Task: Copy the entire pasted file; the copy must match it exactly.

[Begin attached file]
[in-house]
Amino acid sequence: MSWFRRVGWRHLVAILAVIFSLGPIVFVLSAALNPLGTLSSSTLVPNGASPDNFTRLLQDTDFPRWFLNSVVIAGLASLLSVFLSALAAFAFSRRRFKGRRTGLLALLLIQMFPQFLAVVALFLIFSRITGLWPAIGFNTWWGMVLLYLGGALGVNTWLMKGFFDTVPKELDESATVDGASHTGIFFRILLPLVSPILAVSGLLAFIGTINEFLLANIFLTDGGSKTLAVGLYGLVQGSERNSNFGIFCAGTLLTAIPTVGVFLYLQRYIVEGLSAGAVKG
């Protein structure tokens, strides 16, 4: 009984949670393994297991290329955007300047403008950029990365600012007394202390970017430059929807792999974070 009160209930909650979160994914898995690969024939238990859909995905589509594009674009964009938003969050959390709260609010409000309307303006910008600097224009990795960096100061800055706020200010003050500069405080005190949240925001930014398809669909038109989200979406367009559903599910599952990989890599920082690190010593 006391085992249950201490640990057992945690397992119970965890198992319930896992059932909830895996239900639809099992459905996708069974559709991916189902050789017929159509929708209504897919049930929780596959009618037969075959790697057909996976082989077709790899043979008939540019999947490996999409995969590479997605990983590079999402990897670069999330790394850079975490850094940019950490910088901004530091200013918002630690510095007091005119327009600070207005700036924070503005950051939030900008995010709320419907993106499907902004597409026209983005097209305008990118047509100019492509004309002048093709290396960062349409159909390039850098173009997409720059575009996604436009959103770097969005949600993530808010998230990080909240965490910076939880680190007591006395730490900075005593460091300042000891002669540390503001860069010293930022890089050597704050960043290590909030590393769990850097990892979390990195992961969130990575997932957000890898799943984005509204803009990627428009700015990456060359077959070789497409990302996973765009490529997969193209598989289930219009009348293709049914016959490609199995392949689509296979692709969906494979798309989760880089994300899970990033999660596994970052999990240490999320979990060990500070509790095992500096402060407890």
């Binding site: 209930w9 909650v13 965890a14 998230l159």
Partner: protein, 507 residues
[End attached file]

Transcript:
[in-house]
Amino acid sequence: MSWFRRVGWRHLVAILAVIFSLGPIVFVLSAALNPLGTLSSSTLVPNGASPDNFTRLLQDTDFPRWFLNSVVIAGLASLLSVFLSALAAFAFSRRRFKGRRTGLLALLLIQMFPQFLAVVALFLIFSRITGLWPAIGFNTWWGMVLLYLGGALGVNTWLMKGFFDTVPKELDESATVDGASHTGIFFRILLPLVSPILAVSGLLAFIGTINEFLLANIFLTDGGSKTLAVGLYGLVQGSERNSNFGIFCAGTLLTAIPTVGVFLYLQRYIVEGLSAGAVKG
């Protein structure tokens, strides 16, 4: 009984949670393994297991290329955007300047403008950029990365600012007394202390970017430059929807792999974070 009160209930909650979160994914898995690969024939238990859909995905589509594009674009964009938003969050959390709260609010409000309307303006910008600097224009990795960096100061800055706020200010003050500069405080005190949240925001930014398809669909038109989200979406367009559903599910599952990989890599920082690190010593 006391085992249950201490640990057992945690397992119970965890198992319930896992059932909830895996239900639809099992459905996708069974559709991916189902050789017929159509929708209504897919049930929780596959009618037969075959790697057909996976082989077709790899043979008939540019999947490996999409995969590479997605990983590079999402990897670069999330790394850079975490850094940019950490910088901004530091200013918002630690510095007091005119327009600070207005700036924070503005950051939030900008995010709320419907993106499907902004597409026209983005097209305008990118047509100019492509004309002048093709290396960062349409159909390039850098173009997409720059575009996604436009959103770097969005949600993530808010998230990080909240965490910076939880680190007591006395730490900075005593460091300042000891002669540390503001860069010293930022890089050597704050960043290590909030590393769990850097990892979390990195992961969130990575997932957000890898799943984005509204803009990627428009700015990456060359077959070789497409990302996973765009490529997969193209598989289930219009009348293709049914016959490609199995392949689509296979692709969906494979798309989760880089994300899970990033999660596994970052999990240490999320979990060990500070509790095992500096402060407890």
């Binding site: 209930w9 909650v13 965890a14 998230l159």
Partner: protein, 507 residues